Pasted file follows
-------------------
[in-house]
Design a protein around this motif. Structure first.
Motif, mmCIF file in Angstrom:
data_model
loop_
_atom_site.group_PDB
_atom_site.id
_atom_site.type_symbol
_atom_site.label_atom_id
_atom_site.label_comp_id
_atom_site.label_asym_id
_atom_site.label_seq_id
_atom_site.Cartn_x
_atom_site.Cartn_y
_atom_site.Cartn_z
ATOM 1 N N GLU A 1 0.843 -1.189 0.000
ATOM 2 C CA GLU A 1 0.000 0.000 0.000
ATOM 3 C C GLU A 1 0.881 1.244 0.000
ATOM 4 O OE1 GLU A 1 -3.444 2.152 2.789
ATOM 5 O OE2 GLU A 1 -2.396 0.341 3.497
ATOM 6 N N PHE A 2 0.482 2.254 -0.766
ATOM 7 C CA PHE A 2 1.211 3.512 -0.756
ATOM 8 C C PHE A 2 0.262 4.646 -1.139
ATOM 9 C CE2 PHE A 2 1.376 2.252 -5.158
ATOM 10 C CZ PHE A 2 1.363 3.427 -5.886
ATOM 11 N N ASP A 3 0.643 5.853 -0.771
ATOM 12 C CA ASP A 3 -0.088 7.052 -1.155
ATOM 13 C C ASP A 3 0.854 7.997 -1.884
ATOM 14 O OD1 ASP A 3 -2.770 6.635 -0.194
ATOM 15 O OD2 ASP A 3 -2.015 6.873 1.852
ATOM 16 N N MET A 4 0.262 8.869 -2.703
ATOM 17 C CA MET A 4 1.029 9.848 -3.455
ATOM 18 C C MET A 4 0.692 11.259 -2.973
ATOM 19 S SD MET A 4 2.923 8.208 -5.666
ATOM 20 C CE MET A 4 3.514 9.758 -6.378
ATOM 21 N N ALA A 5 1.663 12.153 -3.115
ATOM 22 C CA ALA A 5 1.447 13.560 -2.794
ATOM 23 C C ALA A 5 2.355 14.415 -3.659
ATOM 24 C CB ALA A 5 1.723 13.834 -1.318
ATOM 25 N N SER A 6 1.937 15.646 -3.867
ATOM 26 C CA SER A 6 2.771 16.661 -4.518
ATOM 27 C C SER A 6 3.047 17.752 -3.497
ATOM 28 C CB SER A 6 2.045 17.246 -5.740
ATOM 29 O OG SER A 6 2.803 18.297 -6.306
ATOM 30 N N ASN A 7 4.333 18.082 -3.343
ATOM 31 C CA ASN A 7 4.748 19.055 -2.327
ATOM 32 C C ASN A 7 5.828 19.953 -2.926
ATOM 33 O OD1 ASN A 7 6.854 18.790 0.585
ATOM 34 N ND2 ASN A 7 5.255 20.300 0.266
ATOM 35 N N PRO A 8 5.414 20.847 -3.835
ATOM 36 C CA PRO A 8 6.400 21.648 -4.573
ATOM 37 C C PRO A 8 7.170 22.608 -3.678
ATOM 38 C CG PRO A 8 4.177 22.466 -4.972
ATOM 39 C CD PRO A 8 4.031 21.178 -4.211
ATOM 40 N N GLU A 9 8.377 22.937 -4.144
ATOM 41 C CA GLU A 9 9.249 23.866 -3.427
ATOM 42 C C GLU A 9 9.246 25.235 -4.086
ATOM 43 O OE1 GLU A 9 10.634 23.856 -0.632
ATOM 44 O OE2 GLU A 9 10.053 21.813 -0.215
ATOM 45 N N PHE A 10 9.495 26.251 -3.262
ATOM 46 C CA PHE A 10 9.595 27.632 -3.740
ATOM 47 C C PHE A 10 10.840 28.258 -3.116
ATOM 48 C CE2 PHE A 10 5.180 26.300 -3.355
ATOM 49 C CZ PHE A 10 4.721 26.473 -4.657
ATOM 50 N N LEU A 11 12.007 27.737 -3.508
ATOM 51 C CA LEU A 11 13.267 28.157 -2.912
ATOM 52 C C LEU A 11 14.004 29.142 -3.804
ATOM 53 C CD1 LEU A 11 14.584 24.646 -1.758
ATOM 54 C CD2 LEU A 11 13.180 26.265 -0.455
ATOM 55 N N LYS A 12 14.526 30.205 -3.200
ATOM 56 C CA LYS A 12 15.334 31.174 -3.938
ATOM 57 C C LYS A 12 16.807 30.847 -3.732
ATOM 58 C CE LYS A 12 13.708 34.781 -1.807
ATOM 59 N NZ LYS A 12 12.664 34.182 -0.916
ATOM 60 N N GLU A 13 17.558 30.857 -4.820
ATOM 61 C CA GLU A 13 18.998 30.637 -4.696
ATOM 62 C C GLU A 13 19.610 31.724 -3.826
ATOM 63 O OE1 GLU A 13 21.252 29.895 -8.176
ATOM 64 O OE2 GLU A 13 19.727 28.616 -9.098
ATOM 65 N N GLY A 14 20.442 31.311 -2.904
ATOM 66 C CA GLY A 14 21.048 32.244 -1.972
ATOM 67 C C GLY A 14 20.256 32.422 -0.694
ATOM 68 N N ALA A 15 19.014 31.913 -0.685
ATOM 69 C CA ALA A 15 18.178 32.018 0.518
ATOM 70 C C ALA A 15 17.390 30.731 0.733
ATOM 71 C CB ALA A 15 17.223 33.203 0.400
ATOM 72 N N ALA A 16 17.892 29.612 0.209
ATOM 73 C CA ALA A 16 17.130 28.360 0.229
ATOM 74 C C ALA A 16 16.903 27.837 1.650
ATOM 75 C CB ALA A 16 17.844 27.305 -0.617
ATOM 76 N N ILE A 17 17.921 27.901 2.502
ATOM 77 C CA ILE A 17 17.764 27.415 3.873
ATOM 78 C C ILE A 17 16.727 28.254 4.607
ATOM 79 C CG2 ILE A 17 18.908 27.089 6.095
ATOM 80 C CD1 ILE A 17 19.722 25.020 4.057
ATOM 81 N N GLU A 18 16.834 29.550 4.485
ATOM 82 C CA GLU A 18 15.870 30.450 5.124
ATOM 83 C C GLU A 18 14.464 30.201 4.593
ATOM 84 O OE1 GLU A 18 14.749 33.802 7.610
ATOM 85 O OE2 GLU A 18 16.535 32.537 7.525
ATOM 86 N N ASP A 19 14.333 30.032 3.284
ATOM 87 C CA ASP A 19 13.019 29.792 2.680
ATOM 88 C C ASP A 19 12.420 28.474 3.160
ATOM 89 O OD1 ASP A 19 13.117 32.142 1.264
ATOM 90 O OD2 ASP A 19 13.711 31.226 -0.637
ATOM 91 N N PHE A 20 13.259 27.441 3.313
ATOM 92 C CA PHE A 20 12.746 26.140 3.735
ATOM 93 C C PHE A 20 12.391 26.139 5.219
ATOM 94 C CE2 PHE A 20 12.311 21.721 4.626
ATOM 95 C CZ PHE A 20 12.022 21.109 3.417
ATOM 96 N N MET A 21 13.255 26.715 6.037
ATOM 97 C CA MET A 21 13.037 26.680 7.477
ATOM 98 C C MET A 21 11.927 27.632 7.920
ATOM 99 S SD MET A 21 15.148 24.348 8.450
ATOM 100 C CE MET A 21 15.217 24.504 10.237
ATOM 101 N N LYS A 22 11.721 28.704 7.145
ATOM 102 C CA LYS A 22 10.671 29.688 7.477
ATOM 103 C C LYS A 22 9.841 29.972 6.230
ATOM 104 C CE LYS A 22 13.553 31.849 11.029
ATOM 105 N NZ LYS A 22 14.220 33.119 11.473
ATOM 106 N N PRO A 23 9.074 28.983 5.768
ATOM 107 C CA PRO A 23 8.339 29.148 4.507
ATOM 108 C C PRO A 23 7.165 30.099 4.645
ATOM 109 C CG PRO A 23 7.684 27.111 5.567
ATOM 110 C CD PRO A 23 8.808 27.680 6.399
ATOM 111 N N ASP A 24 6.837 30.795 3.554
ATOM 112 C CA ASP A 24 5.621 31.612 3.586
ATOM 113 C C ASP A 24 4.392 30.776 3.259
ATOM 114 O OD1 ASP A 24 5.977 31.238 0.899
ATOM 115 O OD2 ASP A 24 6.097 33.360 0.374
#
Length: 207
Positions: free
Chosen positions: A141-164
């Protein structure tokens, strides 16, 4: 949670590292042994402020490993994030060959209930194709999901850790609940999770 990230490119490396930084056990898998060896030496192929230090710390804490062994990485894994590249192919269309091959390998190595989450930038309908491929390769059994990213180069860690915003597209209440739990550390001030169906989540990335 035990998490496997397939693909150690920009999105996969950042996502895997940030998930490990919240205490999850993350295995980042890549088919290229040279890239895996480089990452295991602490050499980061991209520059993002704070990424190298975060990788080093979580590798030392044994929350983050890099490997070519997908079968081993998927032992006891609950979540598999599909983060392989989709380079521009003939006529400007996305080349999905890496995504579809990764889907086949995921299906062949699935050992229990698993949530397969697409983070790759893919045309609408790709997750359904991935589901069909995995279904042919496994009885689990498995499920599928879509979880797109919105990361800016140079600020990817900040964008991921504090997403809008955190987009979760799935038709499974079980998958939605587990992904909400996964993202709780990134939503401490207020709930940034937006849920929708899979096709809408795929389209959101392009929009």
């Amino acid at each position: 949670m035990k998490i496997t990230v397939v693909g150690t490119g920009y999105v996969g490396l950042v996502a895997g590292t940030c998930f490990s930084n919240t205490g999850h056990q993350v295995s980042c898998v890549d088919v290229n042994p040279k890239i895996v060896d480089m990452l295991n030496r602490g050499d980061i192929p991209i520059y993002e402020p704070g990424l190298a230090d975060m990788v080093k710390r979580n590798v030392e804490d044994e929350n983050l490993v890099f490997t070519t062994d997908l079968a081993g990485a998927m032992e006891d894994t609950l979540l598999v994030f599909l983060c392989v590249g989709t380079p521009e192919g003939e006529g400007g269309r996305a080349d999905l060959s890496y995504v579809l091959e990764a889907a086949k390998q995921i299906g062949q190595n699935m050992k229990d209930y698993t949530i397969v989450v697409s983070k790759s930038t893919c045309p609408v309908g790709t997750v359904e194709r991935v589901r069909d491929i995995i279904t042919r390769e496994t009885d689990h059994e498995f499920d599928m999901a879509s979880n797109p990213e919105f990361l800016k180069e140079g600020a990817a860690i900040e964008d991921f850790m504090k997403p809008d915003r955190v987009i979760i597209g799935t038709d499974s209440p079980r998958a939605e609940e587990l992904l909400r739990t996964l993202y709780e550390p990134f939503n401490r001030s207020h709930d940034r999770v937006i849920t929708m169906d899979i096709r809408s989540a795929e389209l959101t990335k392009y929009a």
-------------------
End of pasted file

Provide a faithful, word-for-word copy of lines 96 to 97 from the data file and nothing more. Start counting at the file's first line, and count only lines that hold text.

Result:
ATOM 81 N N GLU A 18 16.834 29.550 4.485
ATOM 82 C CA GLU A 18 15.870 30.450 5.124